The International Bar Association in the executive summary of their report entitled, ‘A Crisis of Legitimacy‘ issued in March 2013 makes the following recommendation to the Commonwealth:
(i) Whether they are respecting its core values and principles, including the respect for separation of powers, the rule of law, good governance and human rights enshrined in its Charter;
(ii) Whether the Commonwealth’s reputation would be more enhanced or tarnished if Sri Lanka were to host the forthcoming Commonwealth heads of Government Meeting and act as its Chair-in-Office for the next two years.
What the International Bar Association is requesting the Commonwealth to do is to review the situation and be satisfied that Sri Lanka respects its core values and principles, including the respect for separation of powers, the rule of law, good governance and the human rights enshrined in its Charter.
While the International Bar Association seems to be unsure about where Sri Lanka stands in terms of the core values which cement the relationships within the Commonwealth, the Sri Lankan government is quite loudly proclaiming to the rest of the world that they do not care a damn about these ‘core values’.
Within the last week itself, in three glaring incidents, Sri Lanka demonstrated to the local community as well as the world at large, where it stands on these ‘core values’. These four incidents are:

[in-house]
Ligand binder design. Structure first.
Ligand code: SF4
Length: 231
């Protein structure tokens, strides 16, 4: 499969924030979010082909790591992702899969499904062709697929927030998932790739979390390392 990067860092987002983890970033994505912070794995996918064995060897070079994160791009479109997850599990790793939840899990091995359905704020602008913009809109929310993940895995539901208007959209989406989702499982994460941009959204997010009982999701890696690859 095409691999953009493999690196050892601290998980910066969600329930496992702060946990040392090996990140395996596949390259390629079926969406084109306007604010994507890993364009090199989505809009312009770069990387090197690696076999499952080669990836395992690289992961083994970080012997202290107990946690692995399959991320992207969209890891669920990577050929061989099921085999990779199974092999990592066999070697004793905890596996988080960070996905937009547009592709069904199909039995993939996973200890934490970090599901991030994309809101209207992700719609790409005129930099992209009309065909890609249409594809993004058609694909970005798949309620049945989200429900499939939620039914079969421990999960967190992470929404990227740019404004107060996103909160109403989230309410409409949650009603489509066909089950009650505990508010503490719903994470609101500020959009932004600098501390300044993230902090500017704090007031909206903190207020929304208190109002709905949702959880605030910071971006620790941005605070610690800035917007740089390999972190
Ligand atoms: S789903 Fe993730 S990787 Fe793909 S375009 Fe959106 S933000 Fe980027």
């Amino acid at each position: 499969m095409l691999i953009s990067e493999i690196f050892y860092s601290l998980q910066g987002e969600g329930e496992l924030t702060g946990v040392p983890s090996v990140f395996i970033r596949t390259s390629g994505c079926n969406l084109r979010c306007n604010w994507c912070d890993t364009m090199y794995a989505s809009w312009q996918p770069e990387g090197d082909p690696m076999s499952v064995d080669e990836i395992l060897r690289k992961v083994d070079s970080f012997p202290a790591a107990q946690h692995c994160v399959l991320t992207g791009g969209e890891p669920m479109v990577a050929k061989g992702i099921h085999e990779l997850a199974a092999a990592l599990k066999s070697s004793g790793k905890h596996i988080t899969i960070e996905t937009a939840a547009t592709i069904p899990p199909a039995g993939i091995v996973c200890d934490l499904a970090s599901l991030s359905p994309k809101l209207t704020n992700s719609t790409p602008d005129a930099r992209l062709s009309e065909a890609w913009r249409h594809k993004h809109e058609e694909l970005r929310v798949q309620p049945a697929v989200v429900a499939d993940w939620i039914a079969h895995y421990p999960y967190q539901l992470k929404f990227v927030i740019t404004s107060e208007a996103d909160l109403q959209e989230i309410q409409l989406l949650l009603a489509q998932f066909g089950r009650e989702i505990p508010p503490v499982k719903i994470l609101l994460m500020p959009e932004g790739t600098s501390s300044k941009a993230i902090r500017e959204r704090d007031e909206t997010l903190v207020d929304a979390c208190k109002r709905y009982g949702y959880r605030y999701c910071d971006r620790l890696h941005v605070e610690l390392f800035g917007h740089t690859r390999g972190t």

The most recent incidents narrated above are only a fraction of a large list of incidents which demonstrate quite clearly that the government is in no way reluctant to flout the core values, such as the rule of law, the independence of the judiciary and democracy.
The problem that the UN Resolution on Reconciliation and Accountability is faced with is that while the United Nations, the Commonwealth and the international community insist that the Sri Lankan government should prove its accountability regarding the core values on which all these international relationships are based, the government of Sri Lanka is structurally committed to the abandonment of all these core values.
The people in Sri Lanka know that the gap between these core values and the Sri Lankan government is a wide as the distance between the Earth and the moon. However, the international community has not yet grasped the actual reality that, structurally, governance in Sri Lanka is now based on a system of values which are the very opposite of the core values that the United Nations, the Commonwealth and the international community are insisting on.